July has been the month of new books. I was only expecting three publications this month, but in the end a total of six of my favorite authors all decided to publish something in the last month. I’m still working on how I want to format all of this. Leave a comment below and tell me if this works for you.
Here’s what was new this month:
- The Furthest Station, Ben Aaronovitch (short, expected)
- The Delirium Brief, Charles Stross (novel, expected)
- Due Diligence, Sharon Lee and Steve Miller (short, surprise)
- Dreamhearth, M. C. A. Hogarth (novel, surprise)
- Wildfire, Ilona Andrews (novel, expected)
- A Dragon of a Different Color, Rachel Aaron (novel, expected, to read)
I also re-read:
- Science Fiction 101, Robert Silverburg – I wrote a post about this one!
- Broken Homes, RoL1: Body Work, RoL2: Night Witch, The Hanging Tree, Foxglove Summer, Ben Aaronovitch
- 2K to 10K, Rachel Aaron
- Green Rider, Kristin Britain
- Dragonsong, Dragonsinger, Dragondrums, The Dolphins of Pern, Anne McCafferey
The Delirium Brief is the eighth Laundry Files novel, which are part cthulu horror, part spy thriller pastiche, and part IT tech humor. This book sees the long-awaited return to Bob’s POV for this series, although we also see some of the previous POV characters returning including Mo, Alex and Cassie. This universe is heating up as the stars begin to come right. We get to see Bob being all eater-of-soles while finding out about the fallout from the surprise ending of the last book. Very excited to see where this is going. Also, interesting to read knowing it and it’s sequel had to be rewritten due to the brexit vote last year. Perhaps a cautionary note on trying to tie your series too closely to our timeline although lord knows nobody could have predicted it.
I’ve been waiting for Wildfire ever since attending comic con back in 2015 and got to purchase the first book in this series early. In this third (and hopefully not final) installment, private investigator Nevada Baylor, faces the choice of forming her family into a magical House – which might destroy them – or seeing everything she’s built destroyed anyway. Ilona Andrews, actually a team of writers, never disappoints with their polished blend of romance, urban fantasy, and humor. These are heavy on the romance as they are written for Avon, however the concepts and world are as fully realized as ever. I also love how they seem to write their characters into fantastic no-win situations, then get them out while dealing with actual consequences.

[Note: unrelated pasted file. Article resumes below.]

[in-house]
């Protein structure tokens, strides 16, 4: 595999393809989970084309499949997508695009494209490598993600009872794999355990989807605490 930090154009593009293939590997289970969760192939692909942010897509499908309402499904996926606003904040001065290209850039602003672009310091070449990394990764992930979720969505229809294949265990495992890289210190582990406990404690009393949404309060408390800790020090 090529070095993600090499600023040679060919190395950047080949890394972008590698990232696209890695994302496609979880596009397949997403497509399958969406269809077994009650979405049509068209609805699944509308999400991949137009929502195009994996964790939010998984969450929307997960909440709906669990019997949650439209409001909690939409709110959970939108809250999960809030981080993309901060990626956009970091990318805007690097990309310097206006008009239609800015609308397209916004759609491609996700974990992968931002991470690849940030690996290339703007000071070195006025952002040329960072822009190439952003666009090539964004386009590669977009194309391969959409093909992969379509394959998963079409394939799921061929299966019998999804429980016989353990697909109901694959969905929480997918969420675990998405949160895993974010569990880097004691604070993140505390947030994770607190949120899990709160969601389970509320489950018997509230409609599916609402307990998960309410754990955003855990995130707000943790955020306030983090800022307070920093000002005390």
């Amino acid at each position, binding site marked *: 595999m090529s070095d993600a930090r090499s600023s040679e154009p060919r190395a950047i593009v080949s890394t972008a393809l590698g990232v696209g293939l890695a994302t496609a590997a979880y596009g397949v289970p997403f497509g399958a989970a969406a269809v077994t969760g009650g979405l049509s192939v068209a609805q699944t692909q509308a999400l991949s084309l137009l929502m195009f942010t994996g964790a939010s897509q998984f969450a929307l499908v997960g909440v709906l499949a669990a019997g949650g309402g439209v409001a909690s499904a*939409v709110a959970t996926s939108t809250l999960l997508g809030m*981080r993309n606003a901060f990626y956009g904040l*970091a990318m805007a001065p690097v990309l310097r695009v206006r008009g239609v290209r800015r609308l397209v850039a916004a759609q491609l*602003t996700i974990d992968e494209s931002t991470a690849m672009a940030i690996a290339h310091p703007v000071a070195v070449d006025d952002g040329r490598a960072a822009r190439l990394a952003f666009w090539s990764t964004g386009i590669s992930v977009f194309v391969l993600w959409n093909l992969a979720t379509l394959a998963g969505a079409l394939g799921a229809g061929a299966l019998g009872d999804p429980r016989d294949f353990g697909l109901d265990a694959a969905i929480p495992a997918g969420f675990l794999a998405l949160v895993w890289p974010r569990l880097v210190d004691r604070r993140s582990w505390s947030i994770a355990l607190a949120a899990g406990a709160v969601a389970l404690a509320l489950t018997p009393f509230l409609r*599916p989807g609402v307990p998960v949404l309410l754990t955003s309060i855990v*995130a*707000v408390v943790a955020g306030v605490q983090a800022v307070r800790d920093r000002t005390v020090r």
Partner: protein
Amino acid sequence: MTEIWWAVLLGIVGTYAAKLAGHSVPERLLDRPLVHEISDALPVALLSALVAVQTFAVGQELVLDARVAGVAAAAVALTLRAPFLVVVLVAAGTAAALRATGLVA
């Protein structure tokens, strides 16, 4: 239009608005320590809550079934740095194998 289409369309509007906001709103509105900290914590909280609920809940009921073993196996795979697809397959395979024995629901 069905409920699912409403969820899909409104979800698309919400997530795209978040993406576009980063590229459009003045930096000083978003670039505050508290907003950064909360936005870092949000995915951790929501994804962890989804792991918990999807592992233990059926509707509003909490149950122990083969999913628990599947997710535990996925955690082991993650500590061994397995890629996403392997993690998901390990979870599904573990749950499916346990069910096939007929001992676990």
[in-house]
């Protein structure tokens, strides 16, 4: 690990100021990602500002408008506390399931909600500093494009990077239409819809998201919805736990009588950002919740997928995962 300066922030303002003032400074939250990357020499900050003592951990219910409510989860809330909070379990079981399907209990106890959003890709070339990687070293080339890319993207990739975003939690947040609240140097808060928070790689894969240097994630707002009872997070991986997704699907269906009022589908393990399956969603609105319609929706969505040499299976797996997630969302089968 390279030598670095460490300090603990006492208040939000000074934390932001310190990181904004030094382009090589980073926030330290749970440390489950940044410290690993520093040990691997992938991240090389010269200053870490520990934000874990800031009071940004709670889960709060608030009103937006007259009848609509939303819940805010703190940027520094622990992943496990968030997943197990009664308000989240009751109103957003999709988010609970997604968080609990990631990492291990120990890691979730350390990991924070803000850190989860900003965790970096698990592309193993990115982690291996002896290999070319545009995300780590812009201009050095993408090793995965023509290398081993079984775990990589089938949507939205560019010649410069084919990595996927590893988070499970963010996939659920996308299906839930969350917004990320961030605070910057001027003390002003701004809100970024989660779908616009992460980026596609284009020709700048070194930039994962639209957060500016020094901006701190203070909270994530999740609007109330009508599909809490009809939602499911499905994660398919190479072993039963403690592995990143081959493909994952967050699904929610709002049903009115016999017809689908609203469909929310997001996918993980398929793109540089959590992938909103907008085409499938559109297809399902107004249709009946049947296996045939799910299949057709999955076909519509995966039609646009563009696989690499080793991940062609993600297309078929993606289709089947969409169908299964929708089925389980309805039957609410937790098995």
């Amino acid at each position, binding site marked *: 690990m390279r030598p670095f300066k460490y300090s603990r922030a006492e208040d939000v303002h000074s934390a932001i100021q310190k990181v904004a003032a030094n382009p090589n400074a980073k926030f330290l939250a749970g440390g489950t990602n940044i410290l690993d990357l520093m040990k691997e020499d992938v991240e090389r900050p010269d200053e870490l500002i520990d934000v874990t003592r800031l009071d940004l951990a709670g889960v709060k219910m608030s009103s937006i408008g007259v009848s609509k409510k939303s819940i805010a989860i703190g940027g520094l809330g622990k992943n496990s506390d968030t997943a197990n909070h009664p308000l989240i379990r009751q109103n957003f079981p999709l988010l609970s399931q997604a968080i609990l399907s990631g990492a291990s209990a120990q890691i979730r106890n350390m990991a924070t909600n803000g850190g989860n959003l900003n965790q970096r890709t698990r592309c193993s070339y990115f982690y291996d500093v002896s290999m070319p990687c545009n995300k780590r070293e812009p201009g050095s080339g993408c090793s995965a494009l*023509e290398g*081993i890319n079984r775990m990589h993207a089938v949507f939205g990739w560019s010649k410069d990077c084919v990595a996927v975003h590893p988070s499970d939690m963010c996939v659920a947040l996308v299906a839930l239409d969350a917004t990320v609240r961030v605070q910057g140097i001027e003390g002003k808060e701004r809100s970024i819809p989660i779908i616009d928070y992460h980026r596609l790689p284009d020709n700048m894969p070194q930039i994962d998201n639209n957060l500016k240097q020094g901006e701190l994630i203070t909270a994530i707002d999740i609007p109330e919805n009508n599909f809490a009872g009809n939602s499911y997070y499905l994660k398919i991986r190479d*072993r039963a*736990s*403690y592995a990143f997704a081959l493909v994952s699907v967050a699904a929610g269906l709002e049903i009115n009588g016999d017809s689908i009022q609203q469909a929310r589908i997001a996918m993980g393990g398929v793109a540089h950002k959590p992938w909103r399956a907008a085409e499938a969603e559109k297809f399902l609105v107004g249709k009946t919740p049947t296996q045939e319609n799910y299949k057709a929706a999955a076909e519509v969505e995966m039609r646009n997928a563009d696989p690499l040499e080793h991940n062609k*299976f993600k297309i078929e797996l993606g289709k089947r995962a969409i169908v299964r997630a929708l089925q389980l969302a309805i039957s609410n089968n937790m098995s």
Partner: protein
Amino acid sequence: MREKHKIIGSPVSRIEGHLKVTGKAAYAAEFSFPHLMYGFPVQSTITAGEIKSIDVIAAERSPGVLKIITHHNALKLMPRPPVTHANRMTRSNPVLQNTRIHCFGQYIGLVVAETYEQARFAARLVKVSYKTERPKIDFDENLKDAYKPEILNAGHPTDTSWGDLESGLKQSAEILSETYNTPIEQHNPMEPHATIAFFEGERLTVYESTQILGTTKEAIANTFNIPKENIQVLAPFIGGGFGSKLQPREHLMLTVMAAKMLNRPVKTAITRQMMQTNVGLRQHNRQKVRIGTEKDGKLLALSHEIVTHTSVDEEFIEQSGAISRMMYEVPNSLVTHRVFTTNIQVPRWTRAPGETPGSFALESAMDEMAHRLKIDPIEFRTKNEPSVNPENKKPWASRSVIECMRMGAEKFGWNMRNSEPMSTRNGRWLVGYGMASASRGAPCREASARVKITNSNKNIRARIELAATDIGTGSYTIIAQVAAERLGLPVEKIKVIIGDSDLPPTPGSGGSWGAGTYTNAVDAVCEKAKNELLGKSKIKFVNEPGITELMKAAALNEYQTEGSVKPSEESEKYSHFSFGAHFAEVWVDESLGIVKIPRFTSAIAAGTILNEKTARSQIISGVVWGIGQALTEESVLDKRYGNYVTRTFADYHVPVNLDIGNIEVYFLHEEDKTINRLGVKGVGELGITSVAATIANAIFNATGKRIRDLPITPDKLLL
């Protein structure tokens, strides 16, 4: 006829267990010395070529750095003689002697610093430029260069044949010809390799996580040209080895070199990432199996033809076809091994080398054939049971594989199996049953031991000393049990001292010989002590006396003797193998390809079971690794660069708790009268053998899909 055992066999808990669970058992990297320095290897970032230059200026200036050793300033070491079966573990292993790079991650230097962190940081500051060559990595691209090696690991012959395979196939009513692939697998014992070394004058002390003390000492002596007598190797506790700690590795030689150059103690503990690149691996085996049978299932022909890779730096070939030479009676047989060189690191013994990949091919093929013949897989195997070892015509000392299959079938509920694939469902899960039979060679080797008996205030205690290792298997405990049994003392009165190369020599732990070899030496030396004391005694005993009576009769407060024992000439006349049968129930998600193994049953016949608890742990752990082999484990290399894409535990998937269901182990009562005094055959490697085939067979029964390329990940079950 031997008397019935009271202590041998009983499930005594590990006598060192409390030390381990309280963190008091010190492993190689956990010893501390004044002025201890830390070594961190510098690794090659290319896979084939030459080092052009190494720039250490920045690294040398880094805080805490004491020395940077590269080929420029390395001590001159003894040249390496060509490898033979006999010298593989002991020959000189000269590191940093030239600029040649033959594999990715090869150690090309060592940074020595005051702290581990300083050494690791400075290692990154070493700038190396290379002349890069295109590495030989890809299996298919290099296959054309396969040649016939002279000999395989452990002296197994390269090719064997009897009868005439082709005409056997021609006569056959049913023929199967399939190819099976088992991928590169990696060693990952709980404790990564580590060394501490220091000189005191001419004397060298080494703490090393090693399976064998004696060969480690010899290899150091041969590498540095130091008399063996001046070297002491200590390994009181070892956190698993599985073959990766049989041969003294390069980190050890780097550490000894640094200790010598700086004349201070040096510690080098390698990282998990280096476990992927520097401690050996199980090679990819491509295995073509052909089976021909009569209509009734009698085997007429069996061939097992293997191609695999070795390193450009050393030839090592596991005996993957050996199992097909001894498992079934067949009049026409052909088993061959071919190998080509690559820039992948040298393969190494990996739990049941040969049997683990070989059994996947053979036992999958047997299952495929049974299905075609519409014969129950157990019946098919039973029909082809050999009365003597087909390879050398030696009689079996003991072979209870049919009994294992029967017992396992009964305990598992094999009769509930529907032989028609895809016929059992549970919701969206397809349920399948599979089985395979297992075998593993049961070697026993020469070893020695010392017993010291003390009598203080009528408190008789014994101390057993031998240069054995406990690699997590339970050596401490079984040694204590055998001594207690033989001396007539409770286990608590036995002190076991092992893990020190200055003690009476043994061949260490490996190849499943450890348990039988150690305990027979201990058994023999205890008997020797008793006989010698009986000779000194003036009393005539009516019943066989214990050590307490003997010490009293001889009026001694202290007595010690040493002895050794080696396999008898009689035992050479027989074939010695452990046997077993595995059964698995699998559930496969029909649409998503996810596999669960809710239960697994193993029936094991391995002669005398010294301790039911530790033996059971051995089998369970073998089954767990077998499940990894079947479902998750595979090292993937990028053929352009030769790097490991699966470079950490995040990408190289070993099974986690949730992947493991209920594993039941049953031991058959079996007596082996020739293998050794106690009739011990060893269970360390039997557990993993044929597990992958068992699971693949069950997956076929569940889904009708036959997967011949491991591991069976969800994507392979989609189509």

Hogarth surprises this month by releasing Dreamhearth, twelfth overall in her Pelted universe and third in her series about therapists in space. I know that sounds like it should be boring, but I honestly cannot express how much I love this series. If you’ve ever wondered what an asexual relationship looks like, here is your answer. This is something of a flashback in time from the current state of this series. It fills in the gap between the characters graduation from school and the start of their involvement with the princes game timeline. The plot is slow, but with enough tension to keep you moving through. Nothing like a potboiler though. This is a slow plot with lots of contemplation.
Lee and Miller also surprised this month with a short, called Due Diligence, which fills in a gap in the timeline far prior to the current plot of their main series. The authors mentioned that this short was “getting in the way” of other writing and so had to be written before other writing could proceed. I suspect that the events in this short have a bearing on the plot of the novel currently being written, but that is just speculation on my part. A nice treat to get an unexpected short from them when their publishing schedule is so tight for the next few years.
Ben Aaronovitch released a novella called The Furthest Station. At 144 pages it was a surprisingly large read for a novella from him. It prompted me to reread much of this series this month as well, and also to buy two of three comics to fill in some gaps in the story. I like that this series exists partially in comics. It works well for his stories too. A little weird reading these so close together with Stross’s novels. I got my UK wizards a little confused across universes here for a while. Interesting to contrast between them and see how each uses the same tropes in different ways.
So, anything you’re interested in reading? Let me know in the comments below.